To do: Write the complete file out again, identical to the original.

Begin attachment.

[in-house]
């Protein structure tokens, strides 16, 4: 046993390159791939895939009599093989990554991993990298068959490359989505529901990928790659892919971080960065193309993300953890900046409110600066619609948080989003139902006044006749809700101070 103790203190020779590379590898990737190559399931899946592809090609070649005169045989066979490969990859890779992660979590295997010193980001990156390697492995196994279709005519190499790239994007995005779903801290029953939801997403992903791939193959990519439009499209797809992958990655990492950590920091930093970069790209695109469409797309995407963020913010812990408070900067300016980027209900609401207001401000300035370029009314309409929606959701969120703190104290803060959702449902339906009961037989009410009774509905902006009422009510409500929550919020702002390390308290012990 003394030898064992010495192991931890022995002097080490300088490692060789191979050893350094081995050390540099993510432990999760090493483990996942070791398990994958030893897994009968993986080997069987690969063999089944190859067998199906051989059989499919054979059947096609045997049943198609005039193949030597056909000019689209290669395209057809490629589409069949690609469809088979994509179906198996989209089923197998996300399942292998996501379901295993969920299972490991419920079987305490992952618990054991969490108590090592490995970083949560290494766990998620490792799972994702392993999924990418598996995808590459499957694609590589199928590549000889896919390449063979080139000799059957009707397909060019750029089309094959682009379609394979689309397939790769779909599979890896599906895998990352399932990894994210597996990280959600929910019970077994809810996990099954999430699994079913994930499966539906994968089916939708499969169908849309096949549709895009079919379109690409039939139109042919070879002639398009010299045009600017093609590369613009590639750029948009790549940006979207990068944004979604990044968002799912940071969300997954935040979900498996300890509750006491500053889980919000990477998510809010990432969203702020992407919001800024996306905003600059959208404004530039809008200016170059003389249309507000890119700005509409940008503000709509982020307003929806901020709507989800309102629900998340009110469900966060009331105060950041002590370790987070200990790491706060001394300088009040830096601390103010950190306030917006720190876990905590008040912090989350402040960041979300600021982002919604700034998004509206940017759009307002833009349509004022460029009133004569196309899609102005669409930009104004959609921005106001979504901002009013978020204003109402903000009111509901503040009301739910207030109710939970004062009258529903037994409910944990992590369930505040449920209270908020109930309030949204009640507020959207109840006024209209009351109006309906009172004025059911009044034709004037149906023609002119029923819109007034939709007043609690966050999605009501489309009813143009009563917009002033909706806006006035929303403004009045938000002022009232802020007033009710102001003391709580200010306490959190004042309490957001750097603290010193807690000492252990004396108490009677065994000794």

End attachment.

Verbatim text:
[in-house]
């Protein structure tokens, strides 16, 4: 046993390159791939895939009599093989990554991993990298068959490359989505529901990928790659892919971080960065193309993300953890900046409110600066619609948080989003139902006044006749809700101070 103790203190020779590379590898990737190559399931899946592809090609070649005169045989066979490969990859890779992660979590295997010193980001990156390697492995196994279709005519190499790239994007995005779903801290029953939801997403992903791939193959990519439009499209797809992958990655990492950590920091930093970069790209695109469409797309995407963020913010812990408070900067300016980027209900609401207001401000300035370029009314309409929606959701969120703190104290803060959702449902339906009961037989009410009774509905902006009422009510409500929550919020702002390390308290012990 003394030898064992010495192991931890022995002097080490300088490692060789191979050893350094081995050390540099993510432990999760090493483990996942070791398990994958030893897994009968993986080997069987690969063999089944190859067998199906051989059989499919054979059947096609045997049943198609005039193949030597056909000019689209290669395209057809490629589409069949690609469809088979994509179906198996989209089923197998996300399942292998996501379901295993969920299972490991419920079987305490992952618990054991969490108590090592490995970083949560290494766990998620490792799972994702392993999924990418598996995808590459499957694609590589199928590549000889896919390449063979080139000799059957009707397909060019750029089309094959682009379609394979689309397939790769779909599979890896599906895998990352399932990894994210597996990280959600929910019970077994809810996990099954999430699994079913994930499966539906994968089916939708499969169908849309096949549709895009079919379109690409039939139109042919070879002639398009010299045009600017093609590369613009590639750029948009790549940006979207990068944004979604990044968002799912940071969300997954935040979900498996300890509750006491500053889980919000990477998510809010990432969203702020992407919001800024996306905003600059959208404004530039809008200016170059003389249309507000890119700005509409940008503000709509982020307003929806901020709507989800309102629900998340009110469900966060009331105060950041002590370790987070200990790491706060001394300088009040830096601390103010950190306030917006720190876990905590008040912090989350402040960041979300600021982002919604700034998004509206940017759009307002833009349509004022460029009133004569196309899609102005669409930009104004959609921005106001979504901002009013978020204003109402903000009111509901503040009301739910207030109710939970004062009258529903037994409910944990992590369930505040449920209270908020109930309030949204009640507020959207109840006024209209009351109006309906009172004025059911009044034709004037149906023609002119029923819109007034939709007043609690966050999605009501489309009813143009009563917009002033909706806006006035929303403004009045938000002022009232802020007033009710102001003391709580200010306490959190004042309490957001750097603290010193807690000492252990004396108490009677065994000794």